As it concerns residential real estate in America, we’ve now gone from this…
“Suzanne Researched This Commercial”
DEFENDING HOME OWNERSHIP
Home ownership is under attack. There are those who would take away programs that help people become home owners, remove tax benefits like the mortgage interest deduction, and make it more expensive to attain and maintain home ownership. The decision to own a home is a very personal one, but we believe that anyone who is able and willing to assume the responsibilities of owning a home should have the opportunity to pursue that dream.
-National Association of Realtors ad text on page 103 of the August 2011 issue of Popular Mechanics magazine
Housing Rebound Ahead?
June 6, 2007
The latest housing headlines come from the National Association of Realtors (NAR), which is reporting that home sales and prices in 2007 will decline more than originally forecasted before picking up later in the year. A month ago, the NAR predicted that existing home sales would decline 2.9% and home prices would drop only 1%. Now, the Association is calling for a 4.6% decline in existing home sales to 6.18 million units. They also forecast that the U.S. median existing home price will fall 1.3% to $219,100. The NAR is also revising its new home numbers. The median price for new homes will fall 2.3% to $240,800 with new home sales declining 18.2% to 860,000 units. Last month, they predicted new home prices would remain unchanged with sales totaling 864,000 units. The trade group, representing more than 1.3 million real estate professionals, has revised its forecasts downward several times since the beginning of the new year.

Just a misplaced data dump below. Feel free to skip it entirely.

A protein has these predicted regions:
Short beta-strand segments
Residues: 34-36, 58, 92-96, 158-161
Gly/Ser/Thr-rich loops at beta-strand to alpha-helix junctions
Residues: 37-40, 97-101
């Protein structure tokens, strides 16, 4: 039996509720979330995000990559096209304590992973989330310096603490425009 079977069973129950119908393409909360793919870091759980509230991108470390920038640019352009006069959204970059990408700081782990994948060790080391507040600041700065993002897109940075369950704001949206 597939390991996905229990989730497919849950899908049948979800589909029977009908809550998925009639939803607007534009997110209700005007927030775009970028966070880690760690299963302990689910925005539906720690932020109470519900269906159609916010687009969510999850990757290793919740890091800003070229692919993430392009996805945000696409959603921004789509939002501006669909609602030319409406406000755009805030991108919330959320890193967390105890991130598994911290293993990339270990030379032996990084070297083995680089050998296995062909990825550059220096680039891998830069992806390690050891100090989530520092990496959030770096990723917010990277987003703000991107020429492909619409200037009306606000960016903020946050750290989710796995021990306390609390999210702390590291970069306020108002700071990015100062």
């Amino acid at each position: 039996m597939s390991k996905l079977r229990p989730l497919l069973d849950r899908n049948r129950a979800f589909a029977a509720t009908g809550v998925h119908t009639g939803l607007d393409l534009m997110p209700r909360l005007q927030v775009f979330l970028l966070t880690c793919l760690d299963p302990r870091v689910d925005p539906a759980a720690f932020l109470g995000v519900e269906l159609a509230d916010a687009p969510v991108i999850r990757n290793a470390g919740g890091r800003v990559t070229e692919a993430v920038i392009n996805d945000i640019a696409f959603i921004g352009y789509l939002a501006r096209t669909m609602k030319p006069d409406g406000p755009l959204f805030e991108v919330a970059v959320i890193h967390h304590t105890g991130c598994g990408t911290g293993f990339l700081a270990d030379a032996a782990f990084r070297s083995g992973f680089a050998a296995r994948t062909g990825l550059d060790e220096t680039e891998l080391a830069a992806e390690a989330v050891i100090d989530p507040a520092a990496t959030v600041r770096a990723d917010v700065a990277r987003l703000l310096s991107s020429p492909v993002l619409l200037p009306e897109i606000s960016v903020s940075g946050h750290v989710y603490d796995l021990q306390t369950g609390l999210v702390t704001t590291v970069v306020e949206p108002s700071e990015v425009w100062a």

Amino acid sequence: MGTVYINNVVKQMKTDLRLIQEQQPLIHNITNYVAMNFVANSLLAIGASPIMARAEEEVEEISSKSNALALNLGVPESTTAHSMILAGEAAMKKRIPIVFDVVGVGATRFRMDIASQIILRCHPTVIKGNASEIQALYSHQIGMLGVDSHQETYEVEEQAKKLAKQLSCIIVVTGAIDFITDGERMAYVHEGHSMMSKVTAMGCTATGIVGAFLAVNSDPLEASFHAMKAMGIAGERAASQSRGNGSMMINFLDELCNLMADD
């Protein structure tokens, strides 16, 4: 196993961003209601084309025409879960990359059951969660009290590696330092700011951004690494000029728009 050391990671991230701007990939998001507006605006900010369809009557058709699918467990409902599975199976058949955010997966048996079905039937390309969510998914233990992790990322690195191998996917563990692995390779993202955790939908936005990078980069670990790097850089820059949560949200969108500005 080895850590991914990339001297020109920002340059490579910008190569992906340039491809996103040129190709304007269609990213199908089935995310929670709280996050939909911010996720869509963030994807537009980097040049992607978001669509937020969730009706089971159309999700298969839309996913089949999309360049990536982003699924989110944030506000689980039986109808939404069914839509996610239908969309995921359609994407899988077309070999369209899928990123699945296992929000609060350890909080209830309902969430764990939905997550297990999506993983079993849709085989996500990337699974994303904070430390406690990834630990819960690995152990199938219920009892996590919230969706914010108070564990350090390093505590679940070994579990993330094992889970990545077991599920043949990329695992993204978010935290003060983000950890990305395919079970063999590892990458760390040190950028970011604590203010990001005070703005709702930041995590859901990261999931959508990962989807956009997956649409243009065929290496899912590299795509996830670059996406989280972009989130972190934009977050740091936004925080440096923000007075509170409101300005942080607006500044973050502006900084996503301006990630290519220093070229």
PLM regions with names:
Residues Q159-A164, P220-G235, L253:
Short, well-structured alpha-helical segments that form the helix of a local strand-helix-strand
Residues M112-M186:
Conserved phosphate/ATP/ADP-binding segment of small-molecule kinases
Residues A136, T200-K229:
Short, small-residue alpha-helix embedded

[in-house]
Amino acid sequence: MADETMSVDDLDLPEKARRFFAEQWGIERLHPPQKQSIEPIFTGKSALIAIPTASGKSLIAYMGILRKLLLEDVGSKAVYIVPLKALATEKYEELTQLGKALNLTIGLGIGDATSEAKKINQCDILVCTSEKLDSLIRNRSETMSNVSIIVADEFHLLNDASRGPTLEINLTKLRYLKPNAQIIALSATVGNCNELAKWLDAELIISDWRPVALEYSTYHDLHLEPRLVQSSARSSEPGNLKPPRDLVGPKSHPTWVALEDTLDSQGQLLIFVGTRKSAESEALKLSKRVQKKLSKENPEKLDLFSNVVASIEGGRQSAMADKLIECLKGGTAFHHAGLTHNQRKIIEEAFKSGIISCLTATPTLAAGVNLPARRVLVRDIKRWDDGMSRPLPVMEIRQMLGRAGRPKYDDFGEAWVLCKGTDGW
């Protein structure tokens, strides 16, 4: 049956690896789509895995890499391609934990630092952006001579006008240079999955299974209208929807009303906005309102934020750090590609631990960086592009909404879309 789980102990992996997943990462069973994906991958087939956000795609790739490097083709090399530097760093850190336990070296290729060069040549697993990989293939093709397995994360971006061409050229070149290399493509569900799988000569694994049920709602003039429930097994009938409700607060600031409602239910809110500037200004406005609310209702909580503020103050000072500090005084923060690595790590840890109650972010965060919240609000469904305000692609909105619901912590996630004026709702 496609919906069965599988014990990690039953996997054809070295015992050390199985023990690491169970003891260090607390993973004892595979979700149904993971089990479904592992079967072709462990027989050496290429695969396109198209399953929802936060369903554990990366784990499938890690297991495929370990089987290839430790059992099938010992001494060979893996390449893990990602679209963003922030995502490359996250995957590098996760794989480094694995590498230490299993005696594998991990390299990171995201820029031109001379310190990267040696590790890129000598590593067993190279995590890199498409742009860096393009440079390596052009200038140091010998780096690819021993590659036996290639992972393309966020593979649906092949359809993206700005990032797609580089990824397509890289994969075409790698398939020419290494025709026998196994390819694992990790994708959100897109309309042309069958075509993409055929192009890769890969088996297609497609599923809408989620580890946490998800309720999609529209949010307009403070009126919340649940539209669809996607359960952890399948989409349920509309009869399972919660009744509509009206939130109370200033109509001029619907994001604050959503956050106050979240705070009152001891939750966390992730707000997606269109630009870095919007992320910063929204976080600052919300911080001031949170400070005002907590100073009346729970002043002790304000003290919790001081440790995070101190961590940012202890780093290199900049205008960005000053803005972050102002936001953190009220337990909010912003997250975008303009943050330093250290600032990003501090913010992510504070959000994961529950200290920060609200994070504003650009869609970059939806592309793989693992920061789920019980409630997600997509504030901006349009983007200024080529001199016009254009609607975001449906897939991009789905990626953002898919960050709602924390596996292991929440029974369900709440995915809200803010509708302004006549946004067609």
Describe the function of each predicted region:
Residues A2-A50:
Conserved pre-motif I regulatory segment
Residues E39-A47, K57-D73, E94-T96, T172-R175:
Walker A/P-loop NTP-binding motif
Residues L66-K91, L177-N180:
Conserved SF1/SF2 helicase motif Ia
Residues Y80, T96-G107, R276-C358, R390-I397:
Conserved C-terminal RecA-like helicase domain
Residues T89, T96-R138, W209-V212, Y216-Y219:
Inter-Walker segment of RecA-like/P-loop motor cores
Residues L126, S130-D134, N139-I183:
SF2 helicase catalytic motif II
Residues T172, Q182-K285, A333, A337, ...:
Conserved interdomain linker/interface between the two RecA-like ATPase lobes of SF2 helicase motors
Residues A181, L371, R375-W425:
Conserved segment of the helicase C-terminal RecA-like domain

The NAR continues to predict the first annual decline in the median national existing home price since it began compiling data in the late 1960s.
However, the National Association of Realtors did offer a glimmer of hope for the beleaguered housing sector. “Home sales will probably fluctuate in a narrow range in the short run, but gradually trend upward with improving activity by the end of the year,” says Lawrence Yun, an economist for the trade group. In 2008, existing home sales are projected to rise 3.7% to 6.41 million units. The national median existing home price is forecast to rise 1.7%. The median new home price is expected to rise 2.6% next year as well.